Saturday, May 31, 2008
The cleanest energy source we could ever hope to achieve is ideal direct mass-to-energy conversion. By "ideal" I mean the hopeless dream of "It has 100% efficiency and has no waste products other than useable energy". That is, all matter gets converted to energy (e.g. electricity) with 100% conversion efficiency. There would be enough energy in your cup of tea to go to the Moon.
Even if that kind of thing were possible, it ultimately has an inherent flaw that will lead to the demise of our ecosystem. This hypothetical ideal cleanest fuel can bring us toward the salting of the Earth. The inherent flaw is not in the method of energy production, it is in our existing habit of wasteful consumption of energy beyond ecosystem stability.
There is currently much speculation that we have hit peak oil, and that from this point on world oil production will start to decrease. Unfortunately much of the world economy is sitting on a foundation of oil production. Oil products power everything from electrical grids to international trade ships to domestic shipping to commuting (both personal and public transport). If world oil production drops off, so too will the world economy (at least until we find some other cheaply available portable commodity energy source). However, instead of planning for this contingency of radically multiplied transport costs by trying to live within a smaller energy footprint, people are still merrily driving their SUVs to the corner store and leaving them running while they go in for a pack of smokes. We are literally driving ourselves to the brink of economic collapse, and if not that, ecological collapse. This is just another symptom of the underlying cause: as a species we either do not know how to construct a society that lives within the sustainable energy limits of our ecosystem (i.e. not consuming Earth's stored energy) , or we simply do not care (in great enough numbers) to change the way our energy-consuming societies operate.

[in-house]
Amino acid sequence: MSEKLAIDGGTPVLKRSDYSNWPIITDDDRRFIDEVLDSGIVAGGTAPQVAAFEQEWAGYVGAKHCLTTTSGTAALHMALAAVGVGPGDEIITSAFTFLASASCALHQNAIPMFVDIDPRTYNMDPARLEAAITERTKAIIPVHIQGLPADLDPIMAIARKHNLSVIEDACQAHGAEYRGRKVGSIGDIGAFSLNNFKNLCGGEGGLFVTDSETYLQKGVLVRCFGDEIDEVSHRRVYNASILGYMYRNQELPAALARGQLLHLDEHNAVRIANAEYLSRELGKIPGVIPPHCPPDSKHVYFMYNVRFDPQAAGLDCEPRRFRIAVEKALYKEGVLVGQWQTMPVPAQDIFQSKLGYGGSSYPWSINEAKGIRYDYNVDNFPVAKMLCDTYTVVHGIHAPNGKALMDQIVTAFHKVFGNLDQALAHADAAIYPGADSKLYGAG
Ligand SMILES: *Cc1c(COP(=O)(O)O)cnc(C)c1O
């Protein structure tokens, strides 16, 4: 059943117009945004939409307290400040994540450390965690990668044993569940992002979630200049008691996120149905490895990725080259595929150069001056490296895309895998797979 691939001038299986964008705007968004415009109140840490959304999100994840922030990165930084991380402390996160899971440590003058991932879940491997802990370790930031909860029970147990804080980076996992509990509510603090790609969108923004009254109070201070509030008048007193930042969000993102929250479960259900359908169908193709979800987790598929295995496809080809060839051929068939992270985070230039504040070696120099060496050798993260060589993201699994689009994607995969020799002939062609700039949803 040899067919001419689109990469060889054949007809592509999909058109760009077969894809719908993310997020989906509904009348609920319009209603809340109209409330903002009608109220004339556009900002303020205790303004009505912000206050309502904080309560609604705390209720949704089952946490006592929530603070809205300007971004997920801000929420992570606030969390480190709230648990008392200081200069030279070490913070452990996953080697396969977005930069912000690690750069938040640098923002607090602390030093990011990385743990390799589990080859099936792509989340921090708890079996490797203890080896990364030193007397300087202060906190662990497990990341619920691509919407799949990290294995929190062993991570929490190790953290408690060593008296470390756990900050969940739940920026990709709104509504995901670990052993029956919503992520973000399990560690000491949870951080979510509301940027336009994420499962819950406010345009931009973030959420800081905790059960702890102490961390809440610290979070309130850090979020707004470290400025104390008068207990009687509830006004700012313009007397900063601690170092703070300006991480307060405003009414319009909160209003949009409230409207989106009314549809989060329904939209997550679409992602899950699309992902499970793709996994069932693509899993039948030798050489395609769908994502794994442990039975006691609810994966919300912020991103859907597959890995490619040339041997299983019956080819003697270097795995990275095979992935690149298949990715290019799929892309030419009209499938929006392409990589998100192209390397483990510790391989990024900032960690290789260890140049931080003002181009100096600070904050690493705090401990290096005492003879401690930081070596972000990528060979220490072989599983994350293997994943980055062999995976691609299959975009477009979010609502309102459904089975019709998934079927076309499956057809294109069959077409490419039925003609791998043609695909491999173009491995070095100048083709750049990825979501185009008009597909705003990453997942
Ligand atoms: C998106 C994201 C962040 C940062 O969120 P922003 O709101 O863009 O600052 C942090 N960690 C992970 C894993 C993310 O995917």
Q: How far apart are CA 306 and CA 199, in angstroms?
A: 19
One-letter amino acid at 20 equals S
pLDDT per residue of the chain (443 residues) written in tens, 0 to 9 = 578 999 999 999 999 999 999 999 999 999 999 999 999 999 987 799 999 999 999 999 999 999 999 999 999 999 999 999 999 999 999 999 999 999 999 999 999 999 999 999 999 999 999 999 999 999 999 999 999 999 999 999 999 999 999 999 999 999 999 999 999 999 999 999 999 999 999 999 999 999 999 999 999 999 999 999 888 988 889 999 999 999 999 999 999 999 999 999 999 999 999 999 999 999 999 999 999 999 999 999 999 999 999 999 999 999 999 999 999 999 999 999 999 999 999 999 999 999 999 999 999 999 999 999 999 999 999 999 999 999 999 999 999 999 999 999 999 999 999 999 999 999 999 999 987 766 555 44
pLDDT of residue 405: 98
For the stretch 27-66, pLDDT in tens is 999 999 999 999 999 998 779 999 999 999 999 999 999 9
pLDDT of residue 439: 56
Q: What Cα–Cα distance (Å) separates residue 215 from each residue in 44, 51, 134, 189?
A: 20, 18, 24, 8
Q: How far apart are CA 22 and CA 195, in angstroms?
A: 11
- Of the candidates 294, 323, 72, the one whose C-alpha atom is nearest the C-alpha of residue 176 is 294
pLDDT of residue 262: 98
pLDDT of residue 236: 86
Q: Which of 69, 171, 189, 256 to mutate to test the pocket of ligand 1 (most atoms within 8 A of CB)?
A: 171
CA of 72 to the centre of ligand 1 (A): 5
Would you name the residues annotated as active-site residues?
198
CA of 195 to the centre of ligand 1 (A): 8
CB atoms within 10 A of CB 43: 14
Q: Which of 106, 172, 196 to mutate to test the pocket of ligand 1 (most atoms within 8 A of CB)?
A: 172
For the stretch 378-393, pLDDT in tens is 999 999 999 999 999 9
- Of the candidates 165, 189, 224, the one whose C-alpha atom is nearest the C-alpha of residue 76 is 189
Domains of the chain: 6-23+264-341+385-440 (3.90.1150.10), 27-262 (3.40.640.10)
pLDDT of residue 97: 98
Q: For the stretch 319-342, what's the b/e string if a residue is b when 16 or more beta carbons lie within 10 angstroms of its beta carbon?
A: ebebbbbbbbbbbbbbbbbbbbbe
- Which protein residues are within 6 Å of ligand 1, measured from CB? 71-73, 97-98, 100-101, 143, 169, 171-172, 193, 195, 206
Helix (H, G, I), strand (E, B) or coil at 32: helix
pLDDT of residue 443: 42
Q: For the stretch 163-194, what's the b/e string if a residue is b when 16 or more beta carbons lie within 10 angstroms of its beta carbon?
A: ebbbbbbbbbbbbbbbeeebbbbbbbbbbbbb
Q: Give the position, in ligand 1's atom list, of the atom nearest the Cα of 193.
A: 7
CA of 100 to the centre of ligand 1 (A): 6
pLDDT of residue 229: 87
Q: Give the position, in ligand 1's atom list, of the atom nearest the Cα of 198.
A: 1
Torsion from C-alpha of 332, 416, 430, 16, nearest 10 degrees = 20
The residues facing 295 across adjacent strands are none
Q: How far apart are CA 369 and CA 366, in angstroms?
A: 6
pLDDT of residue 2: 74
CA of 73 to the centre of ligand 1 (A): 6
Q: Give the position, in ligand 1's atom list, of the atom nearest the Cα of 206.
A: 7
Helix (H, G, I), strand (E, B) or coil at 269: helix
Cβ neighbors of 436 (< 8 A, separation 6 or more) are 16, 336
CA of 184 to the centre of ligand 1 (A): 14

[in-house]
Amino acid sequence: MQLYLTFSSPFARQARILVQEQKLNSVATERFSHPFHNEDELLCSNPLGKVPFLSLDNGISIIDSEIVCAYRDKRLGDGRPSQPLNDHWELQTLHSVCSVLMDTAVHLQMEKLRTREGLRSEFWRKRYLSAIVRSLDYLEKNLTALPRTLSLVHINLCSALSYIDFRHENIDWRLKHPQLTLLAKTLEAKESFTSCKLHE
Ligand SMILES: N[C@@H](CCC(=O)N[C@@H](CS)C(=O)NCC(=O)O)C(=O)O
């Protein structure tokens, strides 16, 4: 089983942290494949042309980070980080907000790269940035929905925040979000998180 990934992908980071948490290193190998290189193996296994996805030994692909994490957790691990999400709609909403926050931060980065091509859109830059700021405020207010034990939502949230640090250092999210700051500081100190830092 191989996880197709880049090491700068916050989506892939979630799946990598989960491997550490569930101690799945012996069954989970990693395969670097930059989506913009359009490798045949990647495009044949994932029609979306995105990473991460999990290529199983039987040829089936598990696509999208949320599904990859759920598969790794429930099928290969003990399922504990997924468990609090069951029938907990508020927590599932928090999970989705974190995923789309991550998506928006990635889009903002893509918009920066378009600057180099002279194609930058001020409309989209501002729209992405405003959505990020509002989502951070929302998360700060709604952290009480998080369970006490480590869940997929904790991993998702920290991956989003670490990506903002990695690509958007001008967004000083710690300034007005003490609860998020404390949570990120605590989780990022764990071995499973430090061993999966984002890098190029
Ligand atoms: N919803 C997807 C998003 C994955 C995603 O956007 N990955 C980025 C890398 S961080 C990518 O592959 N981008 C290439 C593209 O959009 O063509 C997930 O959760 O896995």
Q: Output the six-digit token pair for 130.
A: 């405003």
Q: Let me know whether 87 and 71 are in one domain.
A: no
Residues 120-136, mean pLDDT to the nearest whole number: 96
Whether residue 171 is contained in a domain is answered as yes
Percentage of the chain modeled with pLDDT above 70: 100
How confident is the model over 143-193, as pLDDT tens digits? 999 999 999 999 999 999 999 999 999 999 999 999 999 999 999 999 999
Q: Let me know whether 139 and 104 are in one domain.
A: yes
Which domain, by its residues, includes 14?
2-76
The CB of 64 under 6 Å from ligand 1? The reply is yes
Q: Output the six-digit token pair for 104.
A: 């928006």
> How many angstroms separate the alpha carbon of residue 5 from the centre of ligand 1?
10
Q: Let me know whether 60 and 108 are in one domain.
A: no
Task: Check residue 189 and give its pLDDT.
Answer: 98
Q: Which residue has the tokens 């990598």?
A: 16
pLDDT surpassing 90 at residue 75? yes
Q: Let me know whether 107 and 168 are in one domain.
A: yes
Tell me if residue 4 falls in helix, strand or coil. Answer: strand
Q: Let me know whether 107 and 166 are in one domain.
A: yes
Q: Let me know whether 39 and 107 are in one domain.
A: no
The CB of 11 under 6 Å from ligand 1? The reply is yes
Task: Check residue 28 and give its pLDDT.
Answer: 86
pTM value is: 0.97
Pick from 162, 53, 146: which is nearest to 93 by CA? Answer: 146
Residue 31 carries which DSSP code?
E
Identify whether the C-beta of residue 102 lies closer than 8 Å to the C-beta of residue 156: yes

Even the best source of clean energy still pollutes our ecosystem: The energy liberated from direct mass conversion on Earth will ultimately wind up as heat pollution in our ecosystem - heat that was not previously there. Our global temperatures will start to rise as surely as global warming due to extensive fossil fuel use, albeit probably more slowly. The extra heat in our ecosystem will ultimately have to be removed to maintain balance. Without removal, the Earth will hit an equilibrium between heat production (via terrestrial mass conversion) and thermal radiation into space. Expect the temperature this worldwide exothermic balance to be more in the surface-of-the-planet-Venus-hot range, not in the Miami Beach hot range. In a word, bad.
Our current world energy oil consumption, in spite of the linked global warming trend, demonstrates quite clearly what will happen to this world, even with the cleanest greenest energy source available. We, as a species, don't know how to live within our limits. It's not the energy source that's bad for us; it's us that's bad for us.
Burton MacKenZie www.burtonmackenzie.com